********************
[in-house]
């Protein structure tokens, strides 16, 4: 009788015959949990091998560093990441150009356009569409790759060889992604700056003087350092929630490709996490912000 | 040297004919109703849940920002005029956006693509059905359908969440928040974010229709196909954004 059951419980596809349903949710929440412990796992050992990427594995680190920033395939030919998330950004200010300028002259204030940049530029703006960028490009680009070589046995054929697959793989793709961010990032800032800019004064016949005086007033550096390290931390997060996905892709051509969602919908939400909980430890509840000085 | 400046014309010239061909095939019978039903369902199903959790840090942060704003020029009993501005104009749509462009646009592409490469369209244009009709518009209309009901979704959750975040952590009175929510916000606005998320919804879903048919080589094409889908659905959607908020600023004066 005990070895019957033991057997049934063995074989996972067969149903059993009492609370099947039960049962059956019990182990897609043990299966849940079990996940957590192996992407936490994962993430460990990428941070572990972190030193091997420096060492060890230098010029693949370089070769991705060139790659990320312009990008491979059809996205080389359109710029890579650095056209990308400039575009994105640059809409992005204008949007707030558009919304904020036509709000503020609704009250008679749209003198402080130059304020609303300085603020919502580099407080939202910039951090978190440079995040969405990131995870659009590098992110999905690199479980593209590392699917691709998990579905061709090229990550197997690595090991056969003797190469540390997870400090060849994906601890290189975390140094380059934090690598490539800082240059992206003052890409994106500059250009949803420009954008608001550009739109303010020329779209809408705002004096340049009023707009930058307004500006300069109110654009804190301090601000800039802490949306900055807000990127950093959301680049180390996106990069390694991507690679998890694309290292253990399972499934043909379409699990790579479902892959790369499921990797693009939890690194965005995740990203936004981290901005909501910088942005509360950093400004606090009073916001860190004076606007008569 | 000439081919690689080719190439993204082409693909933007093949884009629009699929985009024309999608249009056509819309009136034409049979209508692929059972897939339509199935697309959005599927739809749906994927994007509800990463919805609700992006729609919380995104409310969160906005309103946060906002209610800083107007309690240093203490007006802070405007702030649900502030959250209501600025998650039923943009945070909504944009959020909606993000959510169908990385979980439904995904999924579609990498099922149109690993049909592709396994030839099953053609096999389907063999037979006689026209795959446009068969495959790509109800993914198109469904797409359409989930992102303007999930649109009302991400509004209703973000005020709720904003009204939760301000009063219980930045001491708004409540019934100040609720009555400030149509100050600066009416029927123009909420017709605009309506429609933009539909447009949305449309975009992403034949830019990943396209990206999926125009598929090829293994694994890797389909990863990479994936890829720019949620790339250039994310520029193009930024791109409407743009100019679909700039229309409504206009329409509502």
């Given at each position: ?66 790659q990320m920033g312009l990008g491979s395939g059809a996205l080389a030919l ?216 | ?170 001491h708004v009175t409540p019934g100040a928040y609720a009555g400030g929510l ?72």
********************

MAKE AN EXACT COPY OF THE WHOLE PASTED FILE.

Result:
[in-house]
């Protein structure tokens, strides 16, 4: 009788015959949990091998560093990441150009356009569409790759060889992604700056003087350092929630490709996490912000 | 040297004919109703849940920002005029956006693509059905359908969440928040974010229709196909954004 059951419980596809349903949710929440412990796992050992990427594995680190920033395939030919998330950004200010300028002259204030940049530029703006960028490009680009070589046995054929697959793989793709961010990032800032800019004064016949005086007033550096390290931390997060996905892709051509969602919908939400909980430890509840000085 | 400046014309010239061909095939019978039903369902199903959790840090942060704003020029009993501005104009749509462009646009592409490469369209244009009709518009209309009901979704959750975040952590009175929510916000606005998320919804879903048919080589094409889908659905959607908020600023004066 005990070895019957033991057997049934063995074989996972067969149903059993009492609370099947039960049962059956019990182990897609043990299966849940079990996940957590192996992407936490994962993430460990990428941070572990972190030193091997420096060492060890230098010029693949370089070769991705060139790659990320312009990008491979059809996205080389359109710029890579650095056209990308400039575009994105640059809409992005204008949007707030558009919304904020036509709000503020609704009250008679749209003198402080130059304020609303300085603020919502580099407080939202910039951090978190440079995040969405990131995870659009590098992110999905690199479980593209590392699917691709998990579905061709090229990550197997690595090991056969003797190469540390997870400090060849994906601890290189975390140094380059934090690598490539800082240059992206003052890409994106500059250009949803420009954008608001550009739109303010020329779209809408705002004096340049009023707009930058307004500006300069109110654009804190301090601000800039802490949306900055807000990127950093959301680049180390996106990069390694991507690679998890694309290292253990399972499934043909379409699990790579479902892959790369499921990797693009939890690194965005995740990203936004981290901005909501910088942005509360950093400004606090009073916001860190004076606007008569 | 000439081919690689080719190439993204082409693909933007093949884009629009699929985009024309999608249009056509819309009136034409049979209508692929059972897939339509199935697309959005599927739809749906994927994007509800990463919805609700992006729609919380995104409310969160906005309103946060906002209610800083107007309690240093203490007006802070405007702030649900502030959250209501600025998650039923943009945070909504944009959020909606993000959510169908990385979980439904995904999924579609990498099922149109690993049909592709396994030839099953053609096999389907063999037979006689026209795959446009068969495959790509109800993914198109469904797409359409989930992102303007999930649109009302991400509004209703973000005020709720904003009204939760301000009063219980930045001491708004409540019934100040609720009555400030149509100050600066009416029927123009909420017709605009309506429609933009539909447009949305449309975009992403034949830019990943396209990206999926125009598929090829293994694994890797389909990863990479994936890829720019949620790339250039994310520029193009930024791109409407743009100019679909700039229309409504206009329409509502």
């Given at each position: ?66 790659q990320m920033g312009l990008g491979s395939g059809a996205l080389a030919l ?216 | ?170 001491h708004v009175t409540p019934g100040a928040y609720a009555g400030g929510l ?72």